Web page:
The board of directors at EnCana Corp. has approved the $700-million Deep Panuke natural gas projectfor offshoreNova Scotia, earning a sigh of relief from companies hoping to benefit.
"We have been waiting for this for five years," said Paul MacEachern, director of OTANS, which represents companies in the province that supply everything from helicopters to food for people working on offshore platforms.
EnCana's decision was announced early Thursday.
"We are excited to move ahead with the development of the Deep Panuke discovery," EnCana CEO Randy Eresman said in a statement.
The development, about 250 kilometres southeast of Halifax, is expected to breathe new life into an industry where exploration has stalled.
In the last few years, many supply companies have left or diversified. Now, MacEachern hopes they come back.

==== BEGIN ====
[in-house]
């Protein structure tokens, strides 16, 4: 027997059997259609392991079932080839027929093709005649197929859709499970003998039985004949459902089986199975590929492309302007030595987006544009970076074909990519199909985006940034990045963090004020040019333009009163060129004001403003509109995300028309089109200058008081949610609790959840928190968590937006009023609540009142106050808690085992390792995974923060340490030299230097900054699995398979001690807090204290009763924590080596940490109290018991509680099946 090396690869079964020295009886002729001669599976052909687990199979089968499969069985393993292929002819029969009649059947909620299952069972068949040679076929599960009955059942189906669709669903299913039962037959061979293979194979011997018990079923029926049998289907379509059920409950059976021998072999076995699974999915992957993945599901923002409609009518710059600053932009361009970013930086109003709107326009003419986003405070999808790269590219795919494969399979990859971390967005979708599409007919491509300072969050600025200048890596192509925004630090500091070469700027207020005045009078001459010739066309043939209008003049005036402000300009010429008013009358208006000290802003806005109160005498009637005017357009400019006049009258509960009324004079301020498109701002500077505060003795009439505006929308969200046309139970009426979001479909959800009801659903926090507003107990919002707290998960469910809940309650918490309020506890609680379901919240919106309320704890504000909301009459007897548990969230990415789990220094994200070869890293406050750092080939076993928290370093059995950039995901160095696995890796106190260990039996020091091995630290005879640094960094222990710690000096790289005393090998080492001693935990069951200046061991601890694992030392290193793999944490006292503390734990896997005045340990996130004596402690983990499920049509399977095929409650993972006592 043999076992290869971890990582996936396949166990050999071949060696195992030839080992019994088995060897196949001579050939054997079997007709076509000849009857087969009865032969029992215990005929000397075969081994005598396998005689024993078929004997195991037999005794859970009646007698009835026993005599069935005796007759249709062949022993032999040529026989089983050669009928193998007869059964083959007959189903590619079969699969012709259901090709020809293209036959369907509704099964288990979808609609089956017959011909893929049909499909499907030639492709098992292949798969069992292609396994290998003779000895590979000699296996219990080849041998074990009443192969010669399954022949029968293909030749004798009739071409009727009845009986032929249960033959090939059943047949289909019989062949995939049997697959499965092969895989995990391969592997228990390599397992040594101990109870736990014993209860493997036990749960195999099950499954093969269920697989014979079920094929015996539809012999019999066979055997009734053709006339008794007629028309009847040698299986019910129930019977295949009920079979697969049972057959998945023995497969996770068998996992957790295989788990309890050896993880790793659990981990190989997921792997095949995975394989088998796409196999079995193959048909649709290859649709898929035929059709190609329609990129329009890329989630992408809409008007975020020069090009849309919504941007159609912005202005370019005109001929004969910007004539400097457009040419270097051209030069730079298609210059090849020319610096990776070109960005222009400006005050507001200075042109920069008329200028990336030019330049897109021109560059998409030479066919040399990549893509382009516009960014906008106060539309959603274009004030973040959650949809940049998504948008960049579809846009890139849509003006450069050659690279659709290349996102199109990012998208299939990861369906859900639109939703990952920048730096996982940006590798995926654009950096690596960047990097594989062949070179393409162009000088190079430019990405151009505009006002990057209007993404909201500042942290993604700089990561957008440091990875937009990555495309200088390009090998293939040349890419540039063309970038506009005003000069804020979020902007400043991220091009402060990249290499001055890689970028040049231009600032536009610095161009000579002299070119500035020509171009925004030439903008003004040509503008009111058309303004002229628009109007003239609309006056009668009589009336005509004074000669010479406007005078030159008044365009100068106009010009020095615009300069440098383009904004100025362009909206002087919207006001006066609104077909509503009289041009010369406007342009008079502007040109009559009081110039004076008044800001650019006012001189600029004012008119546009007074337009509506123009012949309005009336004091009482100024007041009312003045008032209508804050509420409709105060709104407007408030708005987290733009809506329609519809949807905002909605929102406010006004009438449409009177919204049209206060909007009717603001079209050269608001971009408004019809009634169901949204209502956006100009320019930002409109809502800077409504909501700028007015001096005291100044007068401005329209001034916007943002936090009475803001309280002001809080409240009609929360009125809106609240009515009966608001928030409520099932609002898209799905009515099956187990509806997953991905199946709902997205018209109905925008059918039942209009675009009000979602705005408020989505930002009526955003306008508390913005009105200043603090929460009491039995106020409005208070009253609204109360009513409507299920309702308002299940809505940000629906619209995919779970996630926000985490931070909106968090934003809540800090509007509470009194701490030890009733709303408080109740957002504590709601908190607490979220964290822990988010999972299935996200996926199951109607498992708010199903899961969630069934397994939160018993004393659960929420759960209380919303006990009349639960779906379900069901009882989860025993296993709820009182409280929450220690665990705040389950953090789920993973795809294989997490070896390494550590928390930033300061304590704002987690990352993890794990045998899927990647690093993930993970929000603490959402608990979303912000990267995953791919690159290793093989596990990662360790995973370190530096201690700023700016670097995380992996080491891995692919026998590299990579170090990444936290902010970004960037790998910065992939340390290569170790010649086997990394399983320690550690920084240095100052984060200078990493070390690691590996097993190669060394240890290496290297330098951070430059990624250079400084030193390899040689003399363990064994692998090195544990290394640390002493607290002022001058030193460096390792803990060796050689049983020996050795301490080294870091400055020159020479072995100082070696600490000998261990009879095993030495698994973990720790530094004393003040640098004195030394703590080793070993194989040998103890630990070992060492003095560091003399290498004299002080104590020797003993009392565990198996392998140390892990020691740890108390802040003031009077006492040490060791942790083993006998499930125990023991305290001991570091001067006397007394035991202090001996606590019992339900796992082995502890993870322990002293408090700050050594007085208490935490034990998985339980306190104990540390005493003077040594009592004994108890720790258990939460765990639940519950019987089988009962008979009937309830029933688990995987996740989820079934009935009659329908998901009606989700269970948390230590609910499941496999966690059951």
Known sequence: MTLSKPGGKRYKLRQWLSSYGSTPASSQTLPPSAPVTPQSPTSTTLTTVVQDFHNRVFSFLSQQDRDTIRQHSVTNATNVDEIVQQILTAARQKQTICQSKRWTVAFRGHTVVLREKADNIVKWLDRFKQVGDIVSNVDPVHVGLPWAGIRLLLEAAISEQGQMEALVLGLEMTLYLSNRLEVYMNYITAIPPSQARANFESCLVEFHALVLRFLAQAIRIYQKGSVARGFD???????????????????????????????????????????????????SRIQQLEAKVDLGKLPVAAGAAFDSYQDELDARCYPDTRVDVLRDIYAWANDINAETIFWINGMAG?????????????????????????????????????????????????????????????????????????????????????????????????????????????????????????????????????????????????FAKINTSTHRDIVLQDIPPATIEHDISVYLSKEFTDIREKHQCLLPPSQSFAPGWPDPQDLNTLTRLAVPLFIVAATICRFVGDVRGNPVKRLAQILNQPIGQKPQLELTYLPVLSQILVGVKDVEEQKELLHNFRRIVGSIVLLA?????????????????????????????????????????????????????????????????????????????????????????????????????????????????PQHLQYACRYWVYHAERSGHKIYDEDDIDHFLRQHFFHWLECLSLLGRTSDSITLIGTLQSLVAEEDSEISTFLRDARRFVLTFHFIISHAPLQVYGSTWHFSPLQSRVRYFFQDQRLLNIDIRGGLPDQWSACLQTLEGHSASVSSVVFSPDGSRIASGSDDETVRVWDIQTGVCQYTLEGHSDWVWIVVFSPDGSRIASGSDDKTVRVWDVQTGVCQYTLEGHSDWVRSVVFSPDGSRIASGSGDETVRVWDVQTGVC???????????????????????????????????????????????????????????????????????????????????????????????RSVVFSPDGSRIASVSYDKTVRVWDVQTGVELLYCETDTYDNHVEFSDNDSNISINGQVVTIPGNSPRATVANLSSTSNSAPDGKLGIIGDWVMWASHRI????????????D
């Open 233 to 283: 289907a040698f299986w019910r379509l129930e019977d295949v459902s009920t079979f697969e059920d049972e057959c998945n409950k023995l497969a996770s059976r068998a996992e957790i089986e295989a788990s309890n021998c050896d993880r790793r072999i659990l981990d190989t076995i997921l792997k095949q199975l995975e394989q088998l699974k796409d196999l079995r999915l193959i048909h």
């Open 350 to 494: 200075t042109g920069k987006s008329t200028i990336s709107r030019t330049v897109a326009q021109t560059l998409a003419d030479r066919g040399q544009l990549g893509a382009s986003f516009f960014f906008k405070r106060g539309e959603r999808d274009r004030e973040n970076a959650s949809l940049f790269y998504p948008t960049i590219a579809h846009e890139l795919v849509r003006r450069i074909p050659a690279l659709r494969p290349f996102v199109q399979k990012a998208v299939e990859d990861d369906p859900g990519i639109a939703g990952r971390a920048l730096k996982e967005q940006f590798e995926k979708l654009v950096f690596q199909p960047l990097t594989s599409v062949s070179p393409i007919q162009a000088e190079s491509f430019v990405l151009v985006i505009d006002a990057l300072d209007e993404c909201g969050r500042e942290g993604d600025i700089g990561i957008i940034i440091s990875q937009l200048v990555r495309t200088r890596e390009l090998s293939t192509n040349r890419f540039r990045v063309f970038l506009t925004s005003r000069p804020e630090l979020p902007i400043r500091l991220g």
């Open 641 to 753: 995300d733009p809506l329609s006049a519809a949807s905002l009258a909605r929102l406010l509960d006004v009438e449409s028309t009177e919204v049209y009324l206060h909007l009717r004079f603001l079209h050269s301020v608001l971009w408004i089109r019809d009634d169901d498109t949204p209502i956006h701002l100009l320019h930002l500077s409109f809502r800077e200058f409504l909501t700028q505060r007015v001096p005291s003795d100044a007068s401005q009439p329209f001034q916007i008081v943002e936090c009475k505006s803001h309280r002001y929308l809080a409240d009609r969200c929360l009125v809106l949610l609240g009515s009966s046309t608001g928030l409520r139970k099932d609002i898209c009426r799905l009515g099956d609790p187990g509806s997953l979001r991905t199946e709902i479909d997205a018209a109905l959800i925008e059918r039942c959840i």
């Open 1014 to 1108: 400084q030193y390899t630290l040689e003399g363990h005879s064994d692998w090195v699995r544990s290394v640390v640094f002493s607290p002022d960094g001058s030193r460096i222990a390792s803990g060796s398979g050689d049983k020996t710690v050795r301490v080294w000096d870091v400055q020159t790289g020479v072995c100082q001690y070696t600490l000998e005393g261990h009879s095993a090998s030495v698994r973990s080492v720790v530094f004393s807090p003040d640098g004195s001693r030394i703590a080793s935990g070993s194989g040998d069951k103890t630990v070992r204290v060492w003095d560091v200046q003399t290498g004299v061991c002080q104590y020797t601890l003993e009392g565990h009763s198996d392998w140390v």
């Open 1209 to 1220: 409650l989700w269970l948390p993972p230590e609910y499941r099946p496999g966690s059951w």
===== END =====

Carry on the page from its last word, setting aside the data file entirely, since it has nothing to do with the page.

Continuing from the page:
"We were truly in danger of losing the capacity to build an offshore project," he said.
Deep Panuke means many Cape Bretoners who left for jobs can return home, said Jim Wooder, CEO of Laurentian Energy, which has a couple of bids on the project.
"One of the really exciting things about it is we will be able to repatriate a lot of people who are working off the island in the building trades," Wooder said.
EnCana shelved the project in 2003, saying the original $1.1-billion price tag was too expensive. It revived it last year in a scaled-back form.
The company estimates it will spend $150 million a year on developing as many as eight wells, with gas to flow as early as 2010.
MacEachern sees it as an opportunity to kickstart other projects.
"Panuke is going to give us the capability to get back in the game. And we can deliver the thing on time and on budget," he said, adding other companies might be interested in renting EnCana's drilling rig.
Besides creating an estimated 250 full-time jobs and indirect spinoffs, the project is expected to deliver more than $400 million in royalties to the province of Nova Scotia over its 13-year lifespan.
Deep Panuke will be Nova Scotia's second offshore gasdevelopment since Sable Island eight years ago.